By Staff Sgt. Joe Thompson, 184th Public Affairs
The Kansas Air National Guard visited Wichita State University students and members of the Wichita cyber security community on Jan. 29.
Brig. Gen. David Weishaar, assistant adjutant general – Air, Kansas National Guard, spoke about the cyber threat responsibilities for the Kansas National Guard. Weishaar was invited to speak as a part of WSU’s Sleepless Nights Speaker Series, a Wichita community series that focuses on cybersecurity.
The 184th Wing, a unit assigned to the Kansas Air National Guard, contains one of the largest cyber-operations organizations in the nation. The Wichita unit and the 190th Air Refueling Wing in Topeka combined makes Kansas host to the largest cyber force in the Air National Guard.
“We have some unique capabilities right here in Wichita that we don’t have anywhere else in the nation,” said Weishaar. “We have the 177th Information Aggressor Squadron and the 127th Cyberspace Operations Squadron. These entities are known as cyber operations versus our IT structure. Then, we have the Network Operations Squadron that runs the network across the Air National Guard.”
Election security is a topic that concerns citizens.
Weishaar addressed the role that the Kansas Air National Guard will have in providing election security as the year progresses. He was optimistic that the cyber and IT professionals in the Kansas Air National Guard will be able to rise to the challenge.
“Recently, the National Guard has been selected as the election support entity,” Weishaar said. “Every state is different, so there is no federal response for election security.”
Election security falls in line with domestic operations.
Domestic operations is a primary mission set that separates the Air National Guard from other military branches. When the Air Guard performs domestic operations, they’re supporting civilian agencies who have called for assistance.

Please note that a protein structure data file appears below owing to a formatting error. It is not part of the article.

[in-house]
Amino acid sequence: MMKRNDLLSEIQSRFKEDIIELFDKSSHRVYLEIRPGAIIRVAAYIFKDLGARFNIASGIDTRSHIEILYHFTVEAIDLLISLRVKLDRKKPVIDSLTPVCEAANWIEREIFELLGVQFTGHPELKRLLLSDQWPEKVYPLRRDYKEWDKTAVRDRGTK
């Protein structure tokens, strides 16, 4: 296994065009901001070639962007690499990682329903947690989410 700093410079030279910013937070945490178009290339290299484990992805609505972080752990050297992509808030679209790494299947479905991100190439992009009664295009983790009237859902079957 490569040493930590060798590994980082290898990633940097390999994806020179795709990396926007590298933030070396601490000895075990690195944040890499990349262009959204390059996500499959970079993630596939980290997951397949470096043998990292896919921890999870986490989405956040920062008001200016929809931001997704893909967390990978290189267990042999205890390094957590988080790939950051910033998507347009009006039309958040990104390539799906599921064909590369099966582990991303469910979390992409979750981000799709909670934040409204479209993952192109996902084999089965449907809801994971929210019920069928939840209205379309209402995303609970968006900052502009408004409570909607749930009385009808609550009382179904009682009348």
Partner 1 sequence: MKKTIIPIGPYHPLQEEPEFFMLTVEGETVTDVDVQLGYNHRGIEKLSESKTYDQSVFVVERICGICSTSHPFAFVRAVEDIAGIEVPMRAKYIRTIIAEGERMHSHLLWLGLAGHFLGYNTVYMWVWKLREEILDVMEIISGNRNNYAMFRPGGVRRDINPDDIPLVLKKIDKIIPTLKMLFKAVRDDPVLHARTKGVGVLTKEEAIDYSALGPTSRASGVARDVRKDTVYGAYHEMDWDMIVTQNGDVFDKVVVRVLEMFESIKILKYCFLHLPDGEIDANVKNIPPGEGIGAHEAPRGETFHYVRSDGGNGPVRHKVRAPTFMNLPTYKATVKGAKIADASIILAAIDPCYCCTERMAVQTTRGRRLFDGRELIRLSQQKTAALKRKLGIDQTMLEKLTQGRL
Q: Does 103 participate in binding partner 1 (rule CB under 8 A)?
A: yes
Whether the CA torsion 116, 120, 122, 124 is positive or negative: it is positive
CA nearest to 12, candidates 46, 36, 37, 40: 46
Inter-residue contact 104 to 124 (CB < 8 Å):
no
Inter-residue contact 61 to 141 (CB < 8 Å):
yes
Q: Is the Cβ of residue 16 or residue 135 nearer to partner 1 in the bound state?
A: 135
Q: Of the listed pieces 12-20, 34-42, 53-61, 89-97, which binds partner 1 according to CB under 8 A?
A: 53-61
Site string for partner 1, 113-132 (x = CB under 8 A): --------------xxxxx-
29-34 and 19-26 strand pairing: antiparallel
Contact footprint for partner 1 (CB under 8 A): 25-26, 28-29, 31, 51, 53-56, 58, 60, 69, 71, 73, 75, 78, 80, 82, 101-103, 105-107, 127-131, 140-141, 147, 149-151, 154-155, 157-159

Until recently, domestic operations have been somewhat limited to weather catastrophes.
The Kansas National Guard has capabilities for responding to natural and manmade disasters. These include tornadoes, floods, wildfires and earthquakes. They support civilian authorities during times of disaster to secure and support vital infrastructure services such as electrical power, drainage and clearing emergency routes.
The cyber realm is no different.
“Response to a cyber-threat will be treated no differently than a tornado,” Weishaar said.
The process of emergency management begins at the city level, then moves to the county and then the state. Once all of these resources are exhausted, the National Guard can be activated to respond.
Weishaar spoke about the 184th Wing’s transition from a flying unit to a cyber and IT unit. The unit’s core mission sets are cyberspace operations, battlefield intelligence, command and control and mission support. Each mission set is reliant on IT professionals.
“We figured out that aircraft mechanics make good IT guys,” said Weishaar. “It’s a whole lot of trouble shooting skill. Aircraft mechanics go down a checklist. They need to be able to duplicate what works.”
He explained how cyber and IT Airmen also use checklists to troubleshoot and fix IT problems, so the processes can be duplicated when they encounter similar challenges in the future.
“The National Guard, in my opinion is the most versatile Department of Defense force that we have for homeland security,” said Weishaar.